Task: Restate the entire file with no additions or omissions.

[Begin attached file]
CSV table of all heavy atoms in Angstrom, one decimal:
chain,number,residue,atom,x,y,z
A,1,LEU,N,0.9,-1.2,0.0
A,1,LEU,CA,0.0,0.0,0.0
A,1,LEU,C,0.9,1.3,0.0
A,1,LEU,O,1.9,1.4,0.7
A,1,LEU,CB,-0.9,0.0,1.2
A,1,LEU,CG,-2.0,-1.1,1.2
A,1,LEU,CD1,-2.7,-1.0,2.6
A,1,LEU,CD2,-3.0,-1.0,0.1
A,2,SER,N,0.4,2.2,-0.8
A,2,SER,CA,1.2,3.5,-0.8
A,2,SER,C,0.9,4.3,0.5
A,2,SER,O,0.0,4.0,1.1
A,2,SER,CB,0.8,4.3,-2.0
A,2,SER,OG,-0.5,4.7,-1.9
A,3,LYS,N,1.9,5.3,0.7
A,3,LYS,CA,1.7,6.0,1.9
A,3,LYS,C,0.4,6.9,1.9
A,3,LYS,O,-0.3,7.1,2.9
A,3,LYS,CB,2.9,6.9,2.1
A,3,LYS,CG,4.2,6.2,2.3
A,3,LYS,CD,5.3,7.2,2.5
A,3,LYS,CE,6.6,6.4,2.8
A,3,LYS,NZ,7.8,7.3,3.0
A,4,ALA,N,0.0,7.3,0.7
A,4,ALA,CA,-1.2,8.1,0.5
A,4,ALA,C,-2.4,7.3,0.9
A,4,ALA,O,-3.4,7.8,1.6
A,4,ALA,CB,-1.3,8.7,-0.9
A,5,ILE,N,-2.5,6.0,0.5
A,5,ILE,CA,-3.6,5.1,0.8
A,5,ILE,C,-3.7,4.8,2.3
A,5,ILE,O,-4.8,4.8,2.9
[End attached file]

CSV table of all heavy atoms in Angstrom, one decimal:
chain,number,residue,atom,x,y,z
A,1,LEU,N,0.9,-1.2,0.0
A,1,LEU,CA,0.0,0.0,0.0
A,1,LEU,C,0.9,1.3,0.0
A,1,LEU,O,1.9,1.4,0.7
A,1,LEU,CB,-0.9,0.0,1.2
A,1,LEU,CG,-2.0,-1.1,1.2
A,1,LEU,CD1,-2.7,-1.0,2.6
A,1,LEU,CD2,-3.0,-1.0,0.1
A,2,SER,N,0.4,2.2,-0.8
A,2,SER,CA,1.2,3.5,-0.8
A,2,SER,C,0.9,4.3,0.5
A,2,SER,O,0.0,4.0,1.1
A,2,SER,CB,0.8,4.3,-2.0
A,2,SER,OG,-0.5,4.7,-1.9
A,3,LYS,N,1.9,5.3,0.7
A,3,LYS,CA,1.7,6.0,1.9
A,3,LYS,C,0.4,6.9,1.9
A,3,LYS,O,-0.3,7.1,2.9
A,3,LYS,CB,2.9,6.9,2.1
A,3,LYS,CG,4.2,6.2,2.3
A,3,LYS,CD,5.3,7.2,2.5
A,3,LYS,CE,6.6,6.4,2.8
A,3,LYS,NZ,7.8,7.3,3.0
A,4,ALA,N,0.0,7.3,0.7
A,4,ALA,CA,-1.2,8.1,0.5
A,4,ALA,C,-2.4,7.3,0.9
A,4,ALA,O,-3.4,7.8,1.6
A,4,ALA,CB,-1.3,8.7,-0.9
A,5,ILE,N,-2.5,6.0,0.5
A,5,ILE,CA,-3.6,5.1,0.8
A,5,ILE,C,-3.7,4.8,2.3
A,5,ILE,O,-4.8,4.8,2.9